Between 1967 and 1970, New York’s Mainstream label, a respected imprint known principally for its high quality jazz and soundtrack catalogue, recorded and released over two dozen full-length rock albums. “All Kinds Of Highs: A Mainstream Pop-Psych Compendium 1966-70” collects the best moments from these records, along with selected highlights from Mainstream’s singles inventory of the same period.

It was still an era where there was no guarantee that even a significant hit single would grant an artist the luxury of a long-playing disc. Yet, in an assiduous move, company president and A&R chief Bob Shad single-handedly traversed the nation to assemble a roster of unknown rock bands, have them quickly record LPs in the styles of the moment, and then throw it all up at the proverbial ceiling, to see what would stick. 

At the time, and for some years after, Shad’s rock’n’roll splurge was viewed, somewhat cynically, as emblematic of the industry’s gross exploitation of the baby-booming psychedelic milieu. As popular music got more self-consciously cerebral and the Rolling Stone mindset took over, the rock album had become a sacred totem, an instrument of the “serious” artist. Which no doubt precluded any of the Mainstream acts getting taken seriously.

I always did, however. Back in the 80s, a Mainstream album, when you were lucky enough to spot one in the vinyl hostelries of London, was a fascinating curio. Intriguingly cryptic names such as the Bohemian Vendetta or Tangerine Zoo, emblazoned upon garish pop-art sleeves, stood out in the racks. My friend Tom (later in Th’ Faith Healers and Quickspace Supersport) and I vied with each other to “collect the set”, as it were, but truthfully, at the time, the Mainstream psychedelic albums seemed too few and far between, and I was frankly too broke. 

It wasn’t until I later moved to the US that I caught up on classics from the Tiffany Shade, Jelly Bean Bandits and Growing Concern and also started acquiring some of the numerous non-LP singles on Mainstream and its subsidiary Brent – many of which, by Fever Tree, Paraphernalia, the Country Gentlemen and suchlike, are true gems. It always struck me that Bob Shad was a kind of unwitting patron of pop-psychedelia, or at least a chronicler of American rock at a grass roots level.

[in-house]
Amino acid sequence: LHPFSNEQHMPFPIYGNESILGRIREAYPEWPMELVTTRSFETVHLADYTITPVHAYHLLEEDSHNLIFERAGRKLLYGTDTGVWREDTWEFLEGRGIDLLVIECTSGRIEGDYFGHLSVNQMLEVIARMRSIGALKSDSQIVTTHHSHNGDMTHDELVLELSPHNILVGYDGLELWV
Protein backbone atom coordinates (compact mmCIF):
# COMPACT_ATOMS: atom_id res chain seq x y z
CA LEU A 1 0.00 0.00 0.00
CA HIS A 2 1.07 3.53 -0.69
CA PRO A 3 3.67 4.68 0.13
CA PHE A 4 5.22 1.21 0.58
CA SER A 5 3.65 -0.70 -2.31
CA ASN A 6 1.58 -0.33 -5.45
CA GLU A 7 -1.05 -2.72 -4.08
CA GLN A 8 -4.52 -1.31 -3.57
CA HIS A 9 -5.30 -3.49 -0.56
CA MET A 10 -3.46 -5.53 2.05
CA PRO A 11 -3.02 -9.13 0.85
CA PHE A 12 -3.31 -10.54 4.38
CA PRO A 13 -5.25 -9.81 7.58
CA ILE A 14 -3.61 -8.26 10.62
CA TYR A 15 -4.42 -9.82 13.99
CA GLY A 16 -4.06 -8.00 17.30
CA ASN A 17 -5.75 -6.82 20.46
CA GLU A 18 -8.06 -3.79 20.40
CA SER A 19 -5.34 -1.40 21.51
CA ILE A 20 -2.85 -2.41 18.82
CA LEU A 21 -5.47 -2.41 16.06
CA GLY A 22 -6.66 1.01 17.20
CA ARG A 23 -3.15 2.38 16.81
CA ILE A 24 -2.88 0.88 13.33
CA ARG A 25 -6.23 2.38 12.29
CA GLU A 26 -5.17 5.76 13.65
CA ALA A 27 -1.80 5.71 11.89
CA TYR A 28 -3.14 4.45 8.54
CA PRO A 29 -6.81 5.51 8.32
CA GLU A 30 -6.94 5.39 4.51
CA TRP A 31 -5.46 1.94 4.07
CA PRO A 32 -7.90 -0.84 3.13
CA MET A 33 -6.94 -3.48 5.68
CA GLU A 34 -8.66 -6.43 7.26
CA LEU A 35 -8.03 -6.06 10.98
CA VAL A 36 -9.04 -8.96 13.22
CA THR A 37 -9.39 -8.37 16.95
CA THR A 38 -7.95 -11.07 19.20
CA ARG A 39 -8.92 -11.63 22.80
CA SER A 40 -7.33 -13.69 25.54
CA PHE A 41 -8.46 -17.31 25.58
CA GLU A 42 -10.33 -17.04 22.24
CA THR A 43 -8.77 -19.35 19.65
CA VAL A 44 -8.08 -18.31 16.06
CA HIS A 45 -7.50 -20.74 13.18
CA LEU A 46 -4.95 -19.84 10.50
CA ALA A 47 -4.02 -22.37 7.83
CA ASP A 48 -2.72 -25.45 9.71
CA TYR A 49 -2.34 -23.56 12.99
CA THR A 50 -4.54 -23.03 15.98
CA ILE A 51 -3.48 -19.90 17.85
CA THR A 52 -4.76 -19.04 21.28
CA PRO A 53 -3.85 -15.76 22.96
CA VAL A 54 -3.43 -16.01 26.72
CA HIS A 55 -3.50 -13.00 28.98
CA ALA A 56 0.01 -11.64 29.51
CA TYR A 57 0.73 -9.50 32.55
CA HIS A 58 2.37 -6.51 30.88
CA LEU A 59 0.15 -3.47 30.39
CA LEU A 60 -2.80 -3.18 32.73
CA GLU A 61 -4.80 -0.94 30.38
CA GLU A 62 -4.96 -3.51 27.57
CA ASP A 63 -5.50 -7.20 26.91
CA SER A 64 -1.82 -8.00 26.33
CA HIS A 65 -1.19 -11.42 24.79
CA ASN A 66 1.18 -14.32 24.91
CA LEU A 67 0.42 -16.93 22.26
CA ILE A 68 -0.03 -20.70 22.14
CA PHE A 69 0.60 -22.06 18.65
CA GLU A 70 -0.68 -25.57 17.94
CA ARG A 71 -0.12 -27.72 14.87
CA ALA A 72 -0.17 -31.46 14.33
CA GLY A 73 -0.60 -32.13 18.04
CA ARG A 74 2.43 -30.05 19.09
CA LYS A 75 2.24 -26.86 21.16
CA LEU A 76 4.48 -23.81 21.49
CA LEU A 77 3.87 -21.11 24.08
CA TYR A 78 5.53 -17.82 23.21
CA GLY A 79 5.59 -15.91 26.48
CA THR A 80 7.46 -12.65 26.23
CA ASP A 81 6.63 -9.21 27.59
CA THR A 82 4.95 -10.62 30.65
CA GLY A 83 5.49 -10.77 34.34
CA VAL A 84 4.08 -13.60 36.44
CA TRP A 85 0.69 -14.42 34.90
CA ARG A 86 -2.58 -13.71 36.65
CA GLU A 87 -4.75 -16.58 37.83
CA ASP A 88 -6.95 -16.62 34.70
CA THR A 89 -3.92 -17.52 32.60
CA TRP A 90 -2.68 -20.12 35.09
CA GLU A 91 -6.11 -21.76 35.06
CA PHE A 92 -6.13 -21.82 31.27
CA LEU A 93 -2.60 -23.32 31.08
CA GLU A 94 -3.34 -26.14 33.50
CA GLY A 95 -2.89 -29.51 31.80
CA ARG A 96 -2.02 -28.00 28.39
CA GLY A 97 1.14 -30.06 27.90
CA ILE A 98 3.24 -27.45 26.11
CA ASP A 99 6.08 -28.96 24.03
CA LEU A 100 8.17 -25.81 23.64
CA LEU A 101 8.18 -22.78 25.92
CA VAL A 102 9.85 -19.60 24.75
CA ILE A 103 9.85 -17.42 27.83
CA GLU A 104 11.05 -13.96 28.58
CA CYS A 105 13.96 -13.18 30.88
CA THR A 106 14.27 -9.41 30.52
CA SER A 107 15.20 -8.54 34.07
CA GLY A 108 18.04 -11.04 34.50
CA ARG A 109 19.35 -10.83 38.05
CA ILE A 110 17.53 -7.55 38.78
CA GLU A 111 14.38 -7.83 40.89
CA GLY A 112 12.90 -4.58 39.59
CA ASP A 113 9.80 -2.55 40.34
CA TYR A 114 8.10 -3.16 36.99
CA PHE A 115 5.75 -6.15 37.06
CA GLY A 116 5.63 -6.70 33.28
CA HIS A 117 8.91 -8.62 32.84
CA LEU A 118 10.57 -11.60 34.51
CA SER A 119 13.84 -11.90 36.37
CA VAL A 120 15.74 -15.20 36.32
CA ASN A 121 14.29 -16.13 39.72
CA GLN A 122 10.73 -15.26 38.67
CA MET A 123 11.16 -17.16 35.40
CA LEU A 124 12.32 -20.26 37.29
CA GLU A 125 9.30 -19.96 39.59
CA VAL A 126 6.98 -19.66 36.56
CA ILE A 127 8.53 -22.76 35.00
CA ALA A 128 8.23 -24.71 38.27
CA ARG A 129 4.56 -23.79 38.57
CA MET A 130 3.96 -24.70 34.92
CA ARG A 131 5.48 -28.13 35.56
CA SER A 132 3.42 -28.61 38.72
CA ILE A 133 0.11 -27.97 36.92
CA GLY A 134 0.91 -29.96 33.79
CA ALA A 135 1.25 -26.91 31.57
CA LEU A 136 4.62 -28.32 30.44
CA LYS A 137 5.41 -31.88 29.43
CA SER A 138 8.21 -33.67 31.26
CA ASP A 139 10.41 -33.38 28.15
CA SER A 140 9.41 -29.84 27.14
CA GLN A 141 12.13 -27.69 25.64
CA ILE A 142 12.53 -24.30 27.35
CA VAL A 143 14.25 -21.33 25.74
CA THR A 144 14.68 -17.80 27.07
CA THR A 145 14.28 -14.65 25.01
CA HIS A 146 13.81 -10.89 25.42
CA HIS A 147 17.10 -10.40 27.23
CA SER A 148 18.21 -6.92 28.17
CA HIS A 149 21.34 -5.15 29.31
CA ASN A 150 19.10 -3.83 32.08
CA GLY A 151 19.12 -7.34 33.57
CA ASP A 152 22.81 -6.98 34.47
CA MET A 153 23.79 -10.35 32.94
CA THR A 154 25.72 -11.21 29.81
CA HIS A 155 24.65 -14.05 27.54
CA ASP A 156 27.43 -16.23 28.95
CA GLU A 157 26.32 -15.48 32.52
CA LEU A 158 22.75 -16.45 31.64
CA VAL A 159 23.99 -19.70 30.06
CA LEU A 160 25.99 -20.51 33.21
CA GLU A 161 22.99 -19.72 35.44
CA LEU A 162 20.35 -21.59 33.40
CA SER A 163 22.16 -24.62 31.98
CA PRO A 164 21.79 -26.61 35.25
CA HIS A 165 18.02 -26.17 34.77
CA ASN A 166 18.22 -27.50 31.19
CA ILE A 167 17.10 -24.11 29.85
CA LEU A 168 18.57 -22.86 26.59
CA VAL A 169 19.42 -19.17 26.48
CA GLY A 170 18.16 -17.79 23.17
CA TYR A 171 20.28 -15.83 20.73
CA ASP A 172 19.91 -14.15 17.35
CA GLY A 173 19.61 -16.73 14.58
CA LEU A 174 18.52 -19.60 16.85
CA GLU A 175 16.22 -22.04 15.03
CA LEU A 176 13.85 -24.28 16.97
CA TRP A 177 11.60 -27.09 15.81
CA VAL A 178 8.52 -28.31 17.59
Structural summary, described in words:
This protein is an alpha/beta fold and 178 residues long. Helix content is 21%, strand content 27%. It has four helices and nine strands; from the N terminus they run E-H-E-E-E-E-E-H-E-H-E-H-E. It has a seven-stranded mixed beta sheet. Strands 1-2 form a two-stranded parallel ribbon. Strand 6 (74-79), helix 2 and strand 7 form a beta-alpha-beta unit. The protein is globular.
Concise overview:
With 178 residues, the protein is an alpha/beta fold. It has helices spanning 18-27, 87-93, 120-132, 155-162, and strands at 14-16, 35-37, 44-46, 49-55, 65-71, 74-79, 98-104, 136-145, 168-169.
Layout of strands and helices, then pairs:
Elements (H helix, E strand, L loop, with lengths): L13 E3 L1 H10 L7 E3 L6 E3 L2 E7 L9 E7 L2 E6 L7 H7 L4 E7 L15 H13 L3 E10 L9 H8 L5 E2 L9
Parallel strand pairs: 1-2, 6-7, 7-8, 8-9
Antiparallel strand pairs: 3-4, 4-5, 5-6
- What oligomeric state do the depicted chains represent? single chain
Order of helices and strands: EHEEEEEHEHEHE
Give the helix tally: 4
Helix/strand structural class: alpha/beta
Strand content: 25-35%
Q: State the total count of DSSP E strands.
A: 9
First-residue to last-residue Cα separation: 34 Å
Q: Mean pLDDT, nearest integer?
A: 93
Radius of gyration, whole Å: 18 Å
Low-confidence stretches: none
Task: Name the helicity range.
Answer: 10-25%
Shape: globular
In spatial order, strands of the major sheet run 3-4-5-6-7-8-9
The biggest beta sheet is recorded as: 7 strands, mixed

He had a knack for frequently choosing groups that had something a little out of the ordinary, whether it be in songwriting chops, instrumental abilities, or just a unique slant, that to revisionist ears is a most appealing aspect of the label’s rock legacy. Mainstream artists in this era touch equally on Anglophile pop, folk-rock, world music, country and vocal harmony, in often thrilling manner. 

It also occurred to me as I collected Mainstream releases that, while each album had merit, there were always tracks that stood out. Using the “Nuggets” precept, it made sense to gather all these strongest moments together. Thus we have “All Kinds Of Highs”, which focuses squarely and unapologetically on the pop-psych end of the spectrum, eschewing the hard rock or horn rock stylings of later Mainstream acts such as Last Nikle, Josefus etc. That can be someone else’s compilation – in the meantime, revel in the glorious, groovy miscellany assembled here.